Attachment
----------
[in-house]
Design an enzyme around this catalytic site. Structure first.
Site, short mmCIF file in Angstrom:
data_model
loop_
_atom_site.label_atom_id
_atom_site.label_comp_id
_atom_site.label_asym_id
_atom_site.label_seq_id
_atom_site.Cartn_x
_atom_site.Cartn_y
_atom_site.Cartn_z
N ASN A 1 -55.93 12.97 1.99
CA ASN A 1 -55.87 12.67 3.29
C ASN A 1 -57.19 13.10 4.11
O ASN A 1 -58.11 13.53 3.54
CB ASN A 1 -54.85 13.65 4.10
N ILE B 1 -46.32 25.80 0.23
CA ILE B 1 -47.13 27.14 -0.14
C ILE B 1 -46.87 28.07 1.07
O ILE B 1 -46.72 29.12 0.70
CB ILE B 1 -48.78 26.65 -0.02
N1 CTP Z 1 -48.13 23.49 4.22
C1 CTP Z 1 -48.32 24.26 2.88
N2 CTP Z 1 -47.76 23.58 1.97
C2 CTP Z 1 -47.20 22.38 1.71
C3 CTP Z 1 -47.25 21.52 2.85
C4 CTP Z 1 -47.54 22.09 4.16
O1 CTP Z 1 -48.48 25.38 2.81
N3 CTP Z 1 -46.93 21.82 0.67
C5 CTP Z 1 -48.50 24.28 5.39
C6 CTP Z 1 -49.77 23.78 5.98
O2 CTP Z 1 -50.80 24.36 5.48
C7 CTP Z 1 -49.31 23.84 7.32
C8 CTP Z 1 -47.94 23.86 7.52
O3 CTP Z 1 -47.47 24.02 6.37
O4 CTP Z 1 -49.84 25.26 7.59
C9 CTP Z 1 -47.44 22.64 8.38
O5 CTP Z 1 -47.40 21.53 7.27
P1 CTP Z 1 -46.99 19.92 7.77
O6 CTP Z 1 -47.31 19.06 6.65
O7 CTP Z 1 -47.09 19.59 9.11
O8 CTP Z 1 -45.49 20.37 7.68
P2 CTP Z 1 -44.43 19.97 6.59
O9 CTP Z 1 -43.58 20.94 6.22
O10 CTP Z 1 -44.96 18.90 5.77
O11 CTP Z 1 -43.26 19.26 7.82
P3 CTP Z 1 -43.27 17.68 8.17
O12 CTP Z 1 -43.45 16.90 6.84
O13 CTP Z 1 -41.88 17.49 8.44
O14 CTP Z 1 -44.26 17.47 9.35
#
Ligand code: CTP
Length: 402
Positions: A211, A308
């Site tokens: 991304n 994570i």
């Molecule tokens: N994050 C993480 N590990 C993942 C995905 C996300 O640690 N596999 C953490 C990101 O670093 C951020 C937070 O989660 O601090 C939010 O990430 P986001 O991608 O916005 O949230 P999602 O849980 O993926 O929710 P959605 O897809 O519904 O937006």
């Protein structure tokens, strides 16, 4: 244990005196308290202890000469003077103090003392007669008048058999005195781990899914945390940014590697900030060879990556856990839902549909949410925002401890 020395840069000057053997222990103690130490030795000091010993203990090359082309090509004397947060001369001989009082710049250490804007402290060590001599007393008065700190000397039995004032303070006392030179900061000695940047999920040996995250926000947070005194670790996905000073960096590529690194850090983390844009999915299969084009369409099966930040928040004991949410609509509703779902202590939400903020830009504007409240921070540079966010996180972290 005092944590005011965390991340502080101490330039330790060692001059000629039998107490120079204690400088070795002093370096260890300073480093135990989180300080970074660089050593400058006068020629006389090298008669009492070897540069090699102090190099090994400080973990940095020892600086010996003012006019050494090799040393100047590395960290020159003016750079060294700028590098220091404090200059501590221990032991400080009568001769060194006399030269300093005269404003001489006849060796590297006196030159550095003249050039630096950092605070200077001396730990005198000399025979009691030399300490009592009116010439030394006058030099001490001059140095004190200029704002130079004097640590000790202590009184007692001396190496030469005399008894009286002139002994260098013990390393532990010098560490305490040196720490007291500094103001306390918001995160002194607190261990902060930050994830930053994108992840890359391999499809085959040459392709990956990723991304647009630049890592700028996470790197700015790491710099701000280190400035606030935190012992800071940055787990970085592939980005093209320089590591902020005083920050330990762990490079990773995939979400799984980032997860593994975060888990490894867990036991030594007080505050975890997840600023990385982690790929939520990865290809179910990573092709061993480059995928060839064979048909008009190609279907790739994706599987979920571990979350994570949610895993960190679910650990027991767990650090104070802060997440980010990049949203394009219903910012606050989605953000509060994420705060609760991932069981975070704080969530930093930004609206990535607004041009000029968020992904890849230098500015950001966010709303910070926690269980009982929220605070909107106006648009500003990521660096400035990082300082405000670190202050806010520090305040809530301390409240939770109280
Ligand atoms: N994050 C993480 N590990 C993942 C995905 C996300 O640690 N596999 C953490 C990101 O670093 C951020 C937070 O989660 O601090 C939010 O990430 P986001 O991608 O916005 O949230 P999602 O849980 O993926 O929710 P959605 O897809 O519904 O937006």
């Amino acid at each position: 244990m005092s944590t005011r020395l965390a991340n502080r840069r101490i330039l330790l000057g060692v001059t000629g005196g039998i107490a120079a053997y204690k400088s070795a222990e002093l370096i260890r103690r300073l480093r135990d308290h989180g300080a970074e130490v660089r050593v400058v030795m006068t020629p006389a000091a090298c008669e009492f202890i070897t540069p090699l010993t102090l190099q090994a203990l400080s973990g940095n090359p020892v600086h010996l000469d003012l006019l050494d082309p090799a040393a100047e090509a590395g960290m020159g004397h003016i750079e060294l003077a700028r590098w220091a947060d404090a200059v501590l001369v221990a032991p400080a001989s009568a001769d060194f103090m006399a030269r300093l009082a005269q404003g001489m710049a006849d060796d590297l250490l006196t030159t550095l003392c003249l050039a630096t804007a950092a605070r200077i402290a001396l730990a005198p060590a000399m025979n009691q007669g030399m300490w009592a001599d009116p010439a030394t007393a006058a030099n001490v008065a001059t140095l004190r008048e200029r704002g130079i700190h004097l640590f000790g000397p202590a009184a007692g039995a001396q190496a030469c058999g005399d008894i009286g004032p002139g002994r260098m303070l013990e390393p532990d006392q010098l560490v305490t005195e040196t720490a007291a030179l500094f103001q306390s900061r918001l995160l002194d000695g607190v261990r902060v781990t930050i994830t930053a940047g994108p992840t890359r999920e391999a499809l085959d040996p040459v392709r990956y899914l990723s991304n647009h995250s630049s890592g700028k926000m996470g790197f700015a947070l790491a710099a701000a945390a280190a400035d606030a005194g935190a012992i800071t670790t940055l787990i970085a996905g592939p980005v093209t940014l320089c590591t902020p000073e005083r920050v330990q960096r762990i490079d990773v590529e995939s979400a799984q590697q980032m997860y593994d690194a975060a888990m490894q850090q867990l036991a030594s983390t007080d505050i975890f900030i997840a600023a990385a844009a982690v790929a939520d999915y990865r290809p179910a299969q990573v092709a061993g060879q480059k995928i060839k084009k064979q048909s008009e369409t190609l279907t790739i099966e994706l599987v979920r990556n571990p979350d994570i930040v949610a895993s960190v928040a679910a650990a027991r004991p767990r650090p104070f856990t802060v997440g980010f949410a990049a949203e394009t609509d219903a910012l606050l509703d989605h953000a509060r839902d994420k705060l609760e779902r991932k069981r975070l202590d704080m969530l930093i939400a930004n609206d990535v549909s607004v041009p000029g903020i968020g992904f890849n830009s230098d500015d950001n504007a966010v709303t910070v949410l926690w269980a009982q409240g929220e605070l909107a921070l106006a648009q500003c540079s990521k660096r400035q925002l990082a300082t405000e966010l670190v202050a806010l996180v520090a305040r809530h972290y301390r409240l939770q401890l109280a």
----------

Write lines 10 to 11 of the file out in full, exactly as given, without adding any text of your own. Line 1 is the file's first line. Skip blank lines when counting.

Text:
_atom_site.Cartn_x
_atom_site.Cartn_y